Earth escapes massive Sun blast, but NASA says more solar flares coming
NASA has captured the image of the solar flare event, while CESSI predicted its effect on Earth. More solar flares are coming soon.
A major blast of energy from the Sun barely missed hitting Earth, but NASA predicts that more solar flares are coming. NASA (National Aeronautics and Space Administration) has released an image of a moderate solar flare from the Sun on April 21. The solar flare which was categorised as M9.7 class has erupted from two moderately complex sunspot groups currently present in the northeast quadrant of the Sun. But the good news is that it missed hitting Earth! Well, this won't last long! Because the Center of Excellence in Space Sciences India (CESSI), which is under the Indian Institute of Science Education and Research, warned about the upcoming solar flares.
"Yesterday's (April 21) M9.7 class flare launched an associated CME on 21 April which was observed by SOHO LASCO C2. The CME was relatively narrow and not a halo CME. We estimate the probability of Earth impact to be low," (CESSI) said in a Tweet. It had also mentioned then that the CME will miss Earth with at best a chance of a flank impact.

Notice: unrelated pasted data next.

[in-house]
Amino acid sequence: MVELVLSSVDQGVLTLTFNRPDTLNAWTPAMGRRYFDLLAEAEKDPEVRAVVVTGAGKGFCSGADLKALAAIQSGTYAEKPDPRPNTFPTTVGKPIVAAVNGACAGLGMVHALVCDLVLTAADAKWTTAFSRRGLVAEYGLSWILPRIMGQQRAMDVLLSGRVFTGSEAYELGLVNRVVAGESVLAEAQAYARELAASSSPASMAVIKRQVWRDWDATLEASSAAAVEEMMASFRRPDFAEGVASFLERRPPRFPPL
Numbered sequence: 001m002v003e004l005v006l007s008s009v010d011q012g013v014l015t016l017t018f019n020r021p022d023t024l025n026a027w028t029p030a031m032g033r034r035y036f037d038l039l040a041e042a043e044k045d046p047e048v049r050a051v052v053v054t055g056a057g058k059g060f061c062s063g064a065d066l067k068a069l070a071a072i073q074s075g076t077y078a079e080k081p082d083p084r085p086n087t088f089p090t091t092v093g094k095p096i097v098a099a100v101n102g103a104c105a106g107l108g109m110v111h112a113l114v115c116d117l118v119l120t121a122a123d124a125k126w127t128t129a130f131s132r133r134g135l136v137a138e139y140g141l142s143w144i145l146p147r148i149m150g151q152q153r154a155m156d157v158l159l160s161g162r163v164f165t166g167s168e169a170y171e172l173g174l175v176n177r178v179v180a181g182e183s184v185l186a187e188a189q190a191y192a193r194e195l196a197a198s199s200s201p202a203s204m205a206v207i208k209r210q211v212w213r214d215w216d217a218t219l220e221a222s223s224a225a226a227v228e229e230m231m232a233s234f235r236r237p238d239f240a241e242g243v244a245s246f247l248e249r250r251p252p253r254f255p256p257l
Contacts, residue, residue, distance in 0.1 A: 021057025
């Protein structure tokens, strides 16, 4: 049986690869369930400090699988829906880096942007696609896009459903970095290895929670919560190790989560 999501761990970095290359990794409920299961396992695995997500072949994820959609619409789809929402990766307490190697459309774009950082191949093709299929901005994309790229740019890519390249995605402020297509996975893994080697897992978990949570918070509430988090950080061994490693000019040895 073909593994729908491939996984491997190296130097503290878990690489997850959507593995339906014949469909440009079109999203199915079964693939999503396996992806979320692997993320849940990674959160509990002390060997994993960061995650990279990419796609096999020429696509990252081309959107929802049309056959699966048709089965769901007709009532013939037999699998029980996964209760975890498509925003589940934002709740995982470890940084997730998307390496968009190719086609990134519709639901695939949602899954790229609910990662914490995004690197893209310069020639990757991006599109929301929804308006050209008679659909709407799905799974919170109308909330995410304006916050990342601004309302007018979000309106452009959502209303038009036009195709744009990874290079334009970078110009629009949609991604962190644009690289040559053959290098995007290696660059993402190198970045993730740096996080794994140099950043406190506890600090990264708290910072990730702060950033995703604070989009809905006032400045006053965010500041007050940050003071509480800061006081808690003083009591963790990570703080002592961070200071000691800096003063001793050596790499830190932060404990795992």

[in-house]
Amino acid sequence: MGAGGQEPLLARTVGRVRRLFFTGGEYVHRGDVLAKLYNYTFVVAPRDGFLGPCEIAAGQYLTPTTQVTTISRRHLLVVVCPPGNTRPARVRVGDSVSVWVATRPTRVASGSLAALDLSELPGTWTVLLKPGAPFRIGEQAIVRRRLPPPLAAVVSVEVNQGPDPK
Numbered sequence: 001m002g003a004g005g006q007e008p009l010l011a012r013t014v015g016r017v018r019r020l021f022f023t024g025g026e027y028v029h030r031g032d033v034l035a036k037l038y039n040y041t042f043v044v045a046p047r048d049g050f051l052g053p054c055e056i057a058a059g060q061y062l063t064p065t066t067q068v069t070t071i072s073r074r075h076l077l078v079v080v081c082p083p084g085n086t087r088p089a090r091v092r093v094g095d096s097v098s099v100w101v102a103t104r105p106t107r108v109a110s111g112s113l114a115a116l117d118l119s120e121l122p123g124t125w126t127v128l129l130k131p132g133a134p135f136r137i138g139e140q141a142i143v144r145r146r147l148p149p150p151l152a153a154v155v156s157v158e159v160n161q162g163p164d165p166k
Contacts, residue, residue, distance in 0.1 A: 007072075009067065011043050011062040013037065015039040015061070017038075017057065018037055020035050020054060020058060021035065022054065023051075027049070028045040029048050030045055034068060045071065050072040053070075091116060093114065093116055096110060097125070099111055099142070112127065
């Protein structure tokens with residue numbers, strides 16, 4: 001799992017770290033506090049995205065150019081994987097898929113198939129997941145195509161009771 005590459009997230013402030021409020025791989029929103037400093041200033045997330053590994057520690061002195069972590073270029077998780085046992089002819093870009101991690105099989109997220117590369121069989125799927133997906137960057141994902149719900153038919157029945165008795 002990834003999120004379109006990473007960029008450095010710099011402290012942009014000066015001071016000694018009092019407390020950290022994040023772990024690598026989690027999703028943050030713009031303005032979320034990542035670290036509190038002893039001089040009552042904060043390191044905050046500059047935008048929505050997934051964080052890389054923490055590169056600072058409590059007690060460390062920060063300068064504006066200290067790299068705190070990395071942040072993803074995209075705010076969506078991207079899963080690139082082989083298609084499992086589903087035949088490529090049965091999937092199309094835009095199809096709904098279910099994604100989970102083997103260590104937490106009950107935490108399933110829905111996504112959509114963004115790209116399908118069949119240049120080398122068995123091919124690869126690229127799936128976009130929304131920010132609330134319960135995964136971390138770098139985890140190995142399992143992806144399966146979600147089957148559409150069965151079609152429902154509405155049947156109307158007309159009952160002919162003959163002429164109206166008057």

Reports mention that the solar flare from the Earth-facing sunspot resulted in a shortwave radio blackout over southeast Asia and Australia.
The continuous terror of Solar flares..
We have been flooded with the headlines of solar flares in the last few months. Well, the reason behind these constant solar flares is the volatility of the Sun. This is due to the Sun beginning its 'Solar Cycle 25', which is expected to peak in 2025, the experts from NASA and the National Oceanic and Atmospheric Administration (NOAA) explained. After the Solar minimum occurred in December 2019, it marked the start of a new solar cycle. Know that a new solar cycle changes every 11 years.
And during this transition of the solar cycle, the Sun transforms its nature continuously which results in the solar storms that we are witnessing these days frequently.
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